Ofgem has held firm on its plan to reform the way the electricity networks recover the cost of providing pylons and cabling from consumers, a decision that it says will remove "harmful distortions" from the current charging framework.
However, the move has brought criticism from industry bodies and energy companies, which fear that increased charges for some smaller generators of renewable electricity will disincentivise them and reduce the amount of green electricity, and electricity storage capacity, available on the grid.
Ofgem's Targeted Charging Review examined how the networks' "residual charges" cover the fixed costs of maintaining the network.
Its argument, set out in a 167 page decision document, is that smaller consumer-generators that still draw power from the electricity grid when needed are currently avoiding their fair share of these charges, with the cost falling unfairly on other non-generating consumers.
"The changes set out in this decision document will result in fixed residual charges for all households and businesses," Ofgem explains.
It will also reform the "inefficient" system of payments and charges that benefit certain power plants through the system of "embedded benefits".
According to the regulator, these "distort the competitive market, unnecessarily add costs to energy bills, and do not reward the most efficient generators".
Ofgem's decision on the Targeted Charging Review will have a negative impact on the growth of onshore wind and solar power
Juliet Davenport, chief executive, Good Energy
Although Ofgem acknowledges that some generators - including renewable generators - will pay more, it argues that, overall, "similar levels of decarbonisation can be delivered at significantly lower costs to consumers".
Others disagreed, however.
The Renewable Energy Association (REA) said that it would negatively impact the small-scale renewable power generation sector and "undermine business case for batteries and other forms of storage" until a further round of reforms in 2023, on "Access and Forward Looking Charges".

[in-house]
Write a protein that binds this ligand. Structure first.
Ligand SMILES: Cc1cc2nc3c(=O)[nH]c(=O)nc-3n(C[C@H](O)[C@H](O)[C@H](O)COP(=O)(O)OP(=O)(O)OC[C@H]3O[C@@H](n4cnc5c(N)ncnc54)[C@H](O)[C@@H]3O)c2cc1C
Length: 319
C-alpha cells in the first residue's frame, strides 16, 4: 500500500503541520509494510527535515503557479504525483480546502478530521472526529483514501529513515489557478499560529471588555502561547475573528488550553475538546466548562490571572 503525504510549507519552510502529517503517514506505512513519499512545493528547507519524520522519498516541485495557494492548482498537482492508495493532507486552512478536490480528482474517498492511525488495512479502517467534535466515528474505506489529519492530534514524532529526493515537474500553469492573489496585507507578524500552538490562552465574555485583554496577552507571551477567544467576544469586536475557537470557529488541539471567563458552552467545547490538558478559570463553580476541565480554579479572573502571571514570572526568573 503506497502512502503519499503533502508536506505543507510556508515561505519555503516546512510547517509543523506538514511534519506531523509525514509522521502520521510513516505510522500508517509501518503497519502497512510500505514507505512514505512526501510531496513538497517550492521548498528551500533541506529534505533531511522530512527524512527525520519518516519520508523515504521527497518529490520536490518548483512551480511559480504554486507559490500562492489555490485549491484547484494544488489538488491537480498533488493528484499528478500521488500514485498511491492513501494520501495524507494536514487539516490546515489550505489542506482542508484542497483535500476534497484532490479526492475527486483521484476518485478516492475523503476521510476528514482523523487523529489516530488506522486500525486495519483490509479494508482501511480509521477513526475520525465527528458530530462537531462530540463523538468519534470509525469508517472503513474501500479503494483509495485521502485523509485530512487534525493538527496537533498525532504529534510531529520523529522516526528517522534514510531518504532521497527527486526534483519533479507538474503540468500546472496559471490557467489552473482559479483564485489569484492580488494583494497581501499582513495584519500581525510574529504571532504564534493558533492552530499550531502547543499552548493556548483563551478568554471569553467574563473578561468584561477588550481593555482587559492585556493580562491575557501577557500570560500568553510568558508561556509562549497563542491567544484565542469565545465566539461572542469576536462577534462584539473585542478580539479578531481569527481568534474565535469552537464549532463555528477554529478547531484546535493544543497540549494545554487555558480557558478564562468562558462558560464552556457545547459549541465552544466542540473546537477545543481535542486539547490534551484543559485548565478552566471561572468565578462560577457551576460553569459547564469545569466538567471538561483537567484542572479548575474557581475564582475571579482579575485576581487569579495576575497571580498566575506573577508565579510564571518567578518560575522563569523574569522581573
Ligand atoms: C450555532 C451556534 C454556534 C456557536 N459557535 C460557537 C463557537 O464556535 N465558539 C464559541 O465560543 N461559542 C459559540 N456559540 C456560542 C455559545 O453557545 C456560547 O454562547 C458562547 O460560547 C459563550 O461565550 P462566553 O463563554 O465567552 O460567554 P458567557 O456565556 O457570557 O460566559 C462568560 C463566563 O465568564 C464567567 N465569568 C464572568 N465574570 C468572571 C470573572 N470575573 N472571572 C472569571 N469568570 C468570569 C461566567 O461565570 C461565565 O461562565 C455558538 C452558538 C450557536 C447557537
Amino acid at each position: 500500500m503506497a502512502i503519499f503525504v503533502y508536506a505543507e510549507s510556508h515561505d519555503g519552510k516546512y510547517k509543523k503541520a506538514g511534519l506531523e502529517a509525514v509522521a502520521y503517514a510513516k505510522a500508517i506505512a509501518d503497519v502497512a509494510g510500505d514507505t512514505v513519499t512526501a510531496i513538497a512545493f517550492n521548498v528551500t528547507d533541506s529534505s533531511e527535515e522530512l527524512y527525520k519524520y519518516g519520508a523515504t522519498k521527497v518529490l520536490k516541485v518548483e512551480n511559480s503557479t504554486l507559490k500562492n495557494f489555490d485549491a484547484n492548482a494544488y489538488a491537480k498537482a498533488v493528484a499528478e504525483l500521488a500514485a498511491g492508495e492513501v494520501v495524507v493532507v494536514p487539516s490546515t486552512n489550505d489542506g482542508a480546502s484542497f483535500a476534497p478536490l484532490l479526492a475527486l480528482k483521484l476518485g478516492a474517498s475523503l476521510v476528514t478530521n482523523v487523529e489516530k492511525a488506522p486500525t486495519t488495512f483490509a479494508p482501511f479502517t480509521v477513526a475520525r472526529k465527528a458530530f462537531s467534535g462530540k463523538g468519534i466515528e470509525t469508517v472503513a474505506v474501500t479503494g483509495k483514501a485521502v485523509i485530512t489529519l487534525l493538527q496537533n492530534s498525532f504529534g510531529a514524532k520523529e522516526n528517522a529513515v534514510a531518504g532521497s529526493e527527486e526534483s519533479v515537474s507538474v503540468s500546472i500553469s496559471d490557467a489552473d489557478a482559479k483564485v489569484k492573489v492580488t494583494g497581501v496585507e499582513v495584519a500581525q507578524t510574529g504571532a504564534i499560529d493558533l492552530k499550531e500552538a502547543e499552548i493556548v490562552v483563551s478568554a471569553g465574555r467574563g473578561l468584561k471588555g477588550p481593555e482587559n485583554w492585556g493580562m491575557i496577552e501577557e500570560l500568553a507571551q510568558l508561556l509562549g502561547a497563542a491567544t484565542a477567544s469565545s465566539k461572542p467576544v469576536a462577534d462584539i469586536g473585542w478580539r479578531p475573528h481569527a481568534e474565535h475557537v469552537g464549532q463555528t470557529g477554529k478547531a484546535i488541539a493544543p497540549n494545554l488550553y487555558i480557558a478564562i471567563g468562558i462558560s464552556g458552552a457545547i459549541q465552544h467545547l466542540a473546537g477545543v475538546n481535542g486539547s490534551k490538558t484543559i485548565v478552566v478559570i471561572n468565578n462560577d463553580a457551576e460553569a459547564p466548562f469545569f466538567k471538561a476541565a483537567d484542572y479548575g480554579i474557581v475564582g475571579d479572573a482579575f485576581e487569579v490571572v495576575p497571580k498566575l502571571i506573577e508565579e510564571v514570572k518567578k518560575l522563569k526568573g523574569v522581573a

Nina Skorupska, REA chief executive, said: "The rapid pace of renewable energy deployment over the past decade has reshaped the UK energy market. The industry accepts that as a result, the system for how generators pay to connect and use the grid needs to change.
"Although there are a few consolations for larger generators, today's announcement undermines the move towards a more flexible power system. These reforms mean that businesses and homes which have taken responsible steps to install low carbon technologies will effectively pay more to use the wires needed to support the system.
"Our proposal from the start was for the TCR to be progressed in combination with another set of proposed changes, called the review of ‘forward looking charges.' Tackling and rolling out these two sets of proposals in tandem would have allowed the whole picture of grid charges to be progressed at the same time in a cohesive manner.
"This has not happened, however, and we now face a period of investor uncertainty and a significantly weakened business case for battery storage and the other crucial systems we need to ensure Britain has a modern power grid.
"Ultimately, this decision will negatively impact subsidy-free renewables and until the ‘forward looking charges' review is enacted we risk further shrinking the pipeline of new projects."
Juliet Davenport, chief executive at energy generator and supplier Good Energy, said: "Ofgem's decision on the Targeted Charging Review will have a negative impact on the growth of onshore wind and solar power, with the latest assessment predicting half of new projects projected to be abandoned due to the added costs.
"The decision will also penalise the most vulnerable and energy efficient customers by increasing network charges for some low-consuming domestic consumers by almost 20 per cent.
"None of these outcomes are consistent with addressing the climate emergency or achieving net-zero emissions by 2050, going against the stated policy objectives of all political parties as we head into an election. We call on Ofgem to reconsider its decision and delay any changes until a new government is in place and its policies are clear."
Ofgem argues that, by 2040, the two elements of the reformed charging system will benefit consumers to the tune of £3.8bn to £5.3bn, plus additional benefits to the system of £0.8bn to £2.9bn.